Since its much-hyped unveiling on Good Morning America on Dec. 3, 2001, the Segway Human Transporter (HT) has been met with both acclaim and disdain. After 11 months of speculation about what "It" or "Ginger" (as the promised invention was variously code-named) could be (Silicon Valley luminaries John Doerr and Andy Grove even suggested that "It" might be bigger than the PC or the Internet), America was expecting something truly grandiose.
What America got was a high-tech scooter. But the HT--with its 10 microchips, five solid-state gyroscopes (the same ones found in cruise missiles) and two tilt sensors that work together to intuit subtle shifts in a rider's weight--was, in fact, a bit more. And people who've had a chance to take it for a self-balancing spin unanimously report that it is, in fact, pretty remarkable.
Among the handful of organizations that have purchased HTs are the United States Post Office, Disney Cruise Lines, New York State Electric & Gas (NYSEG) and construction company Walbridge Aldinger. (Consumer versions of the device will emerge from the lab in 2003, says a Segway spokesperson.) Those and other companies that have tested but not yet purchased HTs are looking to the vehicle to improve productivity and to mitigate the strain on employees who do a lot of on-the-job perambulating. Mike Wales, a safety engineer for Walbridge Aldinger, says that by using an HT he can often inspect his portion of a construction site two to three times more frequently than he can on foot. During initial tests of the HTs, GE Plastics also saw the potential for double-digit productivity gains among environmental health and safety engineers and maintenance and security staff in its plants.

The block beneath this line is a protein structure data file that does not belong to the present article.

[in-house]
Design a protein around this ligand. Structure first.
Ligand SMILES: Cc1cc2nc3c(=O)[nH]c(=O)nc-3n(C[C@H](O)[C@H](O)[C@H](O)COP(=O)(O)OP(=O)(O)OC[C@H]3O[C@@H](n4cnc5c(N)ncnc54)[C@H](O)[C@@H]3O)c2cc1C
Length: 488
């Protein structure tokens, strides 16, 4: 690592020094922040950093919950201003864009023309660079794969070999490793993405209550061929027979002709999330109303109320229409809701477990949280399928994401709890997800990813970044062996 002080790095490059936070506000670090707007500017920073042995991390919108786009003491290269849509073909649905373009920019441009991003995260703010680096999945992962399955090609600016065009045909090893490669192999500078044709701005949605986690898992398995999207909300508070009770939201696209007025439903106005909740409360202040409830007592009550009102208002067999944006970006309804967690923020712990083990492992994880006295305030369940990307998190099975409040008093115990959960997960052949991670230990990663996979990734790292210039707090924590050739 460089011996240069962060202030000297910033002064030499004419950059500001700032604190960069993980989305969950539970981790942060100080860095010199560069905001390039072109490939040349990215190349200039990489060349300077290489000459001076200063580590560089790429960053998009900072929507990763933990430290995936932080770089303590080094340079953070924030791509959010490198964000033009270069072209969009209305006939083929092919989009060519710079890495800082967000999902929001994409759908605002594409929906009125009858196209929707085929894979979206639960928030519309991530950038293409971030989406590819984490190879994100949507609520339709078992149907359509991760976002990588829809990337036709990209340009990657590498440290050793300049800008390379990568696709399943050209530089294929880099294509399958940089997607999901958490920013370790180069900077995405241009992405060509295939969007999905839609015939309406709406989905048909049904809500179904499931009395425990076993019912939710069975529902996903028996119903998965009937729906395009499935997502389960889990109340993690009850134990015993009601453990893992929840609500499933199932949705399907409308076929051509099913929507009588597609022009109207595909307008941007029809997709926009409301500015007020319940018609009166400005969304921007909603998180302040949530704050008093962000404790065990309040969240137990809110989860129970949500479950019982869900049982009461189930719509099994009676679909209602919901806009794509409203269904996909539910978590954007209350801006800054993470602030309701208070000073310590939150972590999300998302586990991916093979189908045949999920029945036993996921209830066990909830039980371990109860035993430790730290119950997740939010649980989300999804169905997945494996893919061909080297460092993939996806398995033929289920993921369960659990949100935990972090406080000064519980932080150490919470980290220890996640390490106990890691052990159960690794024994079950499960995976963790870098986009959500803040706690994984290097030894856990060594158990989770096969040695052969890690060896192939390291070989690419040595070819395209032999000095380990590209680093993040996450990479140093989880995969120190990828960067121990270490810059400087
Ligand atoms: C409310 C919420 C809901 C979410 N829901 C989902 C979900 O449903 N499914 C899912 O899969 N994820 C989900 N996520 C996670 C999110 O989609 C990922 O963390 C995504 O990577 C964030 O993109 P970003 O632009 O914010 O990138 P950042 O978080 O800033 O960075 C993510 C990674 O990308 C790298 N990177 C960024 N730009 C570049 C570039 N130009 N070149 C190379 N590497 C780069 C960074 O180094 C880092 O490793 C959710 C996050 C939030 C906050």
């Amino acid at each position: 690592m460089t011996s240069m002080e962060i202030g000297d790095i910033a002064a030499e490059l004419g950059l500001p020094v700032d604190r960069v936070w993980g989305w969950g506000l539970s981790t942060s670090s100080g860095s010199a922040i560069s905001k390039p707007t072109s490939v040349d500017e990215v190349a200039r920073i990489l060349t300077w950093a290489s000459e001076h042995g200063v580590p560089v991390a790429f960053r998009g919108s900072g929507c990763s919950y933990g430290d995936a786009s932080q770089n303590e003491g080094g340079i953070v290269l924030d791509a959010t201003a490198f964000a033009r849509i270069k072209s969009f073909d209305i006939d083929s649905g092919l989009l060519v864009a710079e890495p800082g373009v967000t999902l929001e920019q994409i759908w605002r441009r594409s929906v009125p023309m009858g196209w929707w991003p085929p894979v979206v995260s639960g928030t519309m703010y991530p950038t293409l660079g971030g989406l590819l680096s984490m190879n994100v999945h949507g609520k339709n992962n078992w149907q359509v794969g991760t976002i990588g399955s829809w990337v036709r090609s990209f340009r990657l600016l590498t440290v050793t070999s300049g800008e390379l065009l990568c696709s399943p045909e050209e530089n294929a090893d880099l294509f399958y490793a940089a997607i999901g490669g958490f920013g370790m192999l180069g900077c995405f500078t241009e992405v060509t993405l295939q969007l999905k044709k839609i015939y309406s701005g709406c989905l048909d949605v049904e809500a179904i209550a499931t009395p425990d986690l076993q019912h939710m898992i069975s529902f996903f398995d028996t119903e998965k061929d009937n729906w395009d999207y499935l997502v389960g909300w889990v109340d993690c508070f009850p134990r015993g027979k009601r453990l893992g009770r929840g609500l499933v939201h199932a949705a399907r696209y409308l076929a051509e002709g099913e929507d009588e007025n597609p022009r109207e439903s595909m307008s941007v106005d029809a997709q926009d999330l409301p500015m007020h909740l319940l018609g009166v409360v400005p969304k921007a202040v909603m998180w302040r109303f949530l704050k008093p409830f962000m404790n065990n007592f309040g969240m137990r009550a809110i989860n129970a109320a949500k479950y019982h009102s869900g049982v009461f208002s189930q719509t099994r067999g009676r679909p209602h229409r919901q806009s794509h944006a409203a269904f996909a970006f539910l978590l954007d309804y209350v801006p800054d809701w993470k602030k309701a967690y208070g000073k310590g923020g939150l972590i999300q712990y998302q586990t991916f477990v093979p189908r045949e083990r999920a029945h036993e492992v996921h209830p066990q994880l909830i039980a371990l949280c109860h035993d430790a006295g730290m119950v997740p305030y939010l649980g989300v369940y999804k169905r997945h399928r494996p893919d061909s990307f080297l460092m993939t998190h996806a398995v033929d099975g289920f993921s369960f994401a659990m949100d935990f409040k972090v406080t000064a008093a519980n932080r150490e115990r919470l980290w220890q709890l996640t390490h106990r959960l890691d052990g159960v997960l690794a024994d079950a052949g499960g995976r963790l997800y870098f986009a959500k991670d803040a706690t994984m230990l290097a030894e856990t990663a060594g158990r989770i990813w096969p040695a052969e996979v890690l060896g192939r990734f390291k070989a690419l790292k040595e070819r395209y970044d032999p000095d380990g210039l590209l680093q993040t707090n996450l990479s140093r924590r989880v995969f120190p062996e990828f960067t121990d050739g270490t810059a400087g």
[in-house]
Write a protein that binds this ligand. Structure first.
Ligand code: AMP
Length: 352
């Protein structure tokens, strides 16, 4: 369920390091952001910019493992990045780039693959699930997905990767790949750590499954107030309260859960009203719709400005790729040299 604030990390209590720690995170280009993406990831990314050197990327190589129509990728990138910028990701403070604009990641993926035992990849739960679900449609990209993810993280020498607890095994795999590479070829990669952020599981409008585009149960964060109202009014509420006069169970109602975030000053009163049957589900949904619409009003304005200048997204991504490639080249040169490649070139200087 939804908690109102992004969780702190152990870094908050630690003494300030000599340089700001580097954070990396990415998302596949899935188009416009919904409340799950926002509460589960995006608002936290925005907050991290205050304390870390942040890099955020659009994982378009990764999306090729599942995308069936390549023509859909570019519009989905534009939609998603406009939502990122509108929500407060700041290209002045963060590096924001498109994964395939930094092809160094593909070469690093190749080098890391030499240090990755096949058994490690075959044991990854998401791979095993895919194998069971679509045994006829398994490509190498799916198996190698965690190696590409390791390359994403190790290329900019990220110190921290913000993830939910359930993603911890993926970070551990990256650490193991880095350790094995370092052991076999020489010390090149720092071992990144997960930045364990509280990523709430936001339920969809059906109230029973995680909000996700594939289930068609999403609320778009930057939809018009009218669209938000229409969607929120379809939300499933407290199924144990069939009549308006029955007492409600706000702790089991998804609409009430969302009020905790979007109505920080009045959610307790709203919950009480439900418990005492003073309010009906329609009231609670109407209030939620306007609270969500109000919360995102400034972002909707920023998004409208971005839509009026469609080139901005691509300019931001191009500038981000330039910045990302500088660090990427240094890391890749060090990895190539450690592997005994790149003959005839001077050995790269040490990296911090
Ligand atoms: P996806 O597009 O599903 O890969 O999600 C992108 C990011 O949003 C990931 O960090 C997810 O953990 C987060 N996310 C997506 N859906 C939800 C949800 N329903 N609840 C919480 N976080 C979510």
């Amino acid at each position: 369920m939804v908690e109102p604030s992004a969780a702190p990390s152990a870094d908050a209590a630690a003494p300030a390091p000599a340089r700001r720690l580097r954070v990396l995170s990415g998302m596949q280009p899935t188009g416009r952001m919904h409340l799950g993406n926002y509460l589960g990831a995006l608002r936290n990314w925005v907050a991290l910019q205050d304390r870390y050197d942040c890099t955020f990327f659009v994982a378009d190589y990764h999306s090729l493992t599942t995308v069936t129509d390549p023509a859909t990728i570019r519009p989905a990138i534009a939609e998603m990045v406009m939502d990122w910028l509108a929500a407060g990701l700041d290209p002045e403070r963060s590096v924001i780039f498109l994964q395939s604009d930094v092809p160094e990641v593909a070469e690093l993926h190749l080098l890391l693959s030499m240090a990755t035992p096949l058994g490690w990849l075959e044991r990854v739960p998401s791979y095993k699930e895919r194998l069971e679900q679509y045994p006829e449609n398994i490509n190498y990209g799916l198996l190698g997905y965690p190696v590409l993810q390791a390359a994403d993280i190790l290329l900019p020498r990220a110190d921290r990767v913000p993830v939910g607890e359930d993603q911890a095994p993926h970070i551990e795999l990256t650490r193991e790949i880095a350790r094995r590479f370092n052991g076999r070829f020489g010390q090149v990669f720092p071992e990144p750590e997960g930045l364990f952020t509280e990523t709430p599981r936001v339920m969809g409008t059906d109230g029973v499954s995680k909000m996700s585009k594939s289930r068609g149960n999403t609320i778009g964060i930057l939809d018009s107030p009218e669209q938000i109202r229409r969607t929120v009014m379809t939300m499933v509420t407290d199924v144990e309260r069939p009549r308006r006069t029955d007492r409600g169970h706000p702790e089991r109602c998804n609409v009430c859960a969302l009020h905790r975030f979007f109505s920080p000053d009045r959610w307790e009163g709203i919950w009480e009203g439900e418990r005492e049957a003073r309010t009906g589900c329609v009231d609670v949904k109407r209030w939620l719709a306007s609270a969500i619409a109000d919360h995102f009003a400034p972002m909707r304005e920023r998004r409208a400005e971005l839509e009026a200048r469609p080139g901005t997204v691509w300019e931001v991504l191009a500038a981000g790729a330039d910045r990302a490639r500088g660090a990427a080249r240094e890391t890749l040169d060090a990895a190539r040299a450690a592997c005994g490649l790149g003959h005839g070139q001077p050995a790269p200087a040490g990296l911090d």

Over the next year, more companies plan to test the HT. (One recent morning in Segway's Manchester, N.H., headquarters, two men from transportation and logistics company Bax Global were there to investigate the HT.) Observers speculate that if the HT takes off anywhere, it will be in industrial settings, in part because the company is battling with legislators about its sidewalk safety. Segway is planning to offer HTs customized with canvas bags for different industrial uses, and the company also expects to build HTs that somehow shelter riders who spend much of their workday outdoors, such as NYSEG meter readers.
But if HTs themselves don't catch on, the technology that makes them work is likely to find a home elsewhere. When the idea of putting the gyroscopic guts of an HT in a motorcycle was suggested to William Gray, a Delphi Delco power train executive, he said he had heard other people in the automotive industry discuss that possibility. Tobe Cohen, a spokesman for Segway, wouldn't comment, but if you think about the money Segway could make from selling its patents, you might find the HT, and its attendant hoopla, considerably less comical.
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